People often say that the government created the Internet. This is not true.
The Internet is a trillion dollars of fiber optic cables laid in the ground and under our oceans. Fiber optic technology was developed by corporations, such as Corning Glasworks, not the government. The trillion dollars in capital that was used to pay for laying cable came from Wall Street, not the government.
The one thing you might be able to credit the government with is standards. The early days of computing were a hodge-podge of networking standards. Only computers from the same vendor could talk to each other -- indeed, often only the same model of computers. The situation was like the railroad network in the pre Civil-War South: each state’s rail network had different gauge tracks, different widths, different turn radiuses, different slopes. As cargo was shipped across the South, it needed to be offloaded from one rail network and loaded onto another, several times. After the Civil War, the U.S. government decreed a common railroad standard for the entire country so that it could move troops quickly to anywhere in the country to suppress insurrections.
international standards organizations, created the "OSI" or "Open Systems Interconnect" group. The purpose of OSI was to create a single standard for all networks, to create a world wide "internetwork" that all computers could be connected to. By 1990, developed countries (US, Europe, Japan) had laws called "GOSIP" or “Government OSI Profile” that required all computers purchased by the government must support the OSI network standard. All large corporations, such as IBM and HP, supported this standard with their computers.
What’s important about the Internet is that the OSI standard failed. It’s not the standard of today’s Internet. The government backed the wrong horse, so to speak. Instead, today’s Internet is based on TCP/IP -- a networking standard the government tried to kill off.
Back around 1980, there were many networking standards. One early effort to interconnect computers was known as BITNET. Most big universities had IBM mainframes. BITNET allowed those mainframes to be interconnected, so that people could exchange data and email. Another early effort was uucp, that exchanged email over dialup lines (and other network connections, including TCP/IP and BITNET connections). DEC (Digital Equipment Corp.) was a hub for a lot of this uucp traffic. Much of this funding came from private sources, not the government. If there was a world wide network in that day, it was X.25, a networking standard supported by the telephone companies and used by big corporations.
The government was also involved. It was the height of the Cold War and the era of the “Star Wars” missile defense system. The Department of Defense (DoD) was throwing money at anything that might have military application.
When government agencies funded a research project, it would be a collaboration among researchers at different universities. The DoD wanted them to be able to talk to each other. Since the most popular computer system among their researchers was BSD Unix, the DoD paid a consulting firm (BBN) to add two networking standards to BSD Unix: Xerox XNS (one of many commercial network standards) and TCP/IP (one of many research network standards).
TCP/IP quickly grew to become the most popular research network standard. Unlike commercial standards (like Xerox’s XNS), no single entity controlled TCP/IP. Universities were free to redefine the standards at will. And that’s what they did.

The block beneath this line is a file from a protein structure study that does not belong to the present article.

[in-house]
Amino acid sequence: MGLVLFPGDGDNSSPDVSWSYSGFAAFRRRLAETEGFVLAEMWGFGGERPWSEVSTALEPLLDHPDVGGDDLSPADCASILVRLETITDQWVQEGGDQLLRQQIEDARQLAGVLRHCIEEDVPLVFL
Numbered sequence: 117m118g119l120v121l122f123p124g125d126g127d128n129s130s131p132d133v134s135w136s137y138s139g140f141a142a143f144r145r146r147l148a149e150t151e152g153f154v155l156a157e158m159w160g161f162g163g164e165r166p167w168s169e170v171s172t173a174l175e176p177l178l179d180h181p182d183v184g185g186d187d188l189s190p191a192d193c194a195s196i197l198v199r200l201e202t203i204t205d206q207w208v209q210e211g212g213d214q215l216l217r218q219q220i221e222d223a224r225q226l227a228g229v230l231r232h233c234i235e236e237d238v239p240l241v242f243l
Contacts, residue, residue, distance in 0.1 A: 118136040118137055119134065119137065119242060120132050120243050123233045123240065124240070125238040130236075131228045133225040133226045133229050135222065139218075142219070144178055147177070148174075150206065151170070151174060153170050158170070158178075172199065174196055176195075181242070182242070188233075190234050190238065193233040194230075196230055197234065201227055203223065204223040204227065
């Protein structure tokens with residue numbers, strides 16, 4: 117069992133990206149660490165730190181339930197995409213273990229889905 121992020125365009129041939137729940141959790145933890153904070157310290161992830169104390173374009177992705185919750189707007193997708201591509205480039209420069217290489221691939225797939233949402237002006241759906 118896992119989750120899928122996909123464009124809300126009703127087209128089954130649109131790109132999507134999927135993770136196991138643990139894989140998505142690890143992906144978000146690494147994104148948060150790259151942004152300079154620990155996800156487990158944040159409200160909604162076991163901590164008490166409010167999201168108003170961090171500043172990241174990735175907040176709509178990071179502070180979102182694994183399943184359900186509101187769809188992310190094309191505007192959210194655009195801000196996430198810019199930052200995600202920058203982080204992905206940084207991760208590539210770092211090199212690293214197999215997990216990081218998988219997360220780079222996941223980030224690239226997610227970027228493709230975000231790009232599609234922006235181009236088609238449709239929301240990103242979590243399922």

During the 1980s, this was the question of TCP/IP: nobody really controlled standards. Those who might have controlled standards declared the nascent TCP/IP internetwork an "official anarchy". Those who preferred company controlled standards (from Xerox or IBM), or government standards (like OSI), looked down upon TCP/IP, declaring it would never work. How could standards exist without somebody putting their official stamp of approval on it?
But, it did work. De facto standards developed by acclamation, not proclamation. It worked thusly: two (or more) independent groups developed a way for computers to interoperate on a task (such as exchange email), then they would document what they did so that anybody else could interoperate with them. You were free to interoperate with them, or create a different way of solving the problem. When it became obvious that most everyone was using the standard that worked the best, then and only then was it declared as something like an “official standard”. In fact, much of TCP/IP is inspired by corporations. They paid get get something working, and then documented it so that others could interoperate, which then became Internet standards.
This was in sharp contrast to OSI. The way that OSI worked is that everyone would get together and spend years going to meetings, fighting for what they wanted in the official standard.
Eventually something would be created that tried to satisfy everyone, and a standard would be published. At this point, people would try to implement it. I say "try" because it didn’t actually work. Such standards were so bloated with features that they could never be fully implemented, and were full of problems that you would only find while trying to implement the standard. As a consequence, different people trying to implement the OSI standards could never really get their stuff to interoperate with each other.
So both sides thought the other side wouldn’t work. Those working on TCP/IP standards felt that official standards process would never produce something that worked, and the official standards bodies believed that nothing would work without an official stamp of approval. Even while Netscape was going IPO, setting off the dot-com revolution, government (and big corporations sucking from the government teat) believed that OSI was the long term, and that the TCP/IP Internet was just a temporary research project.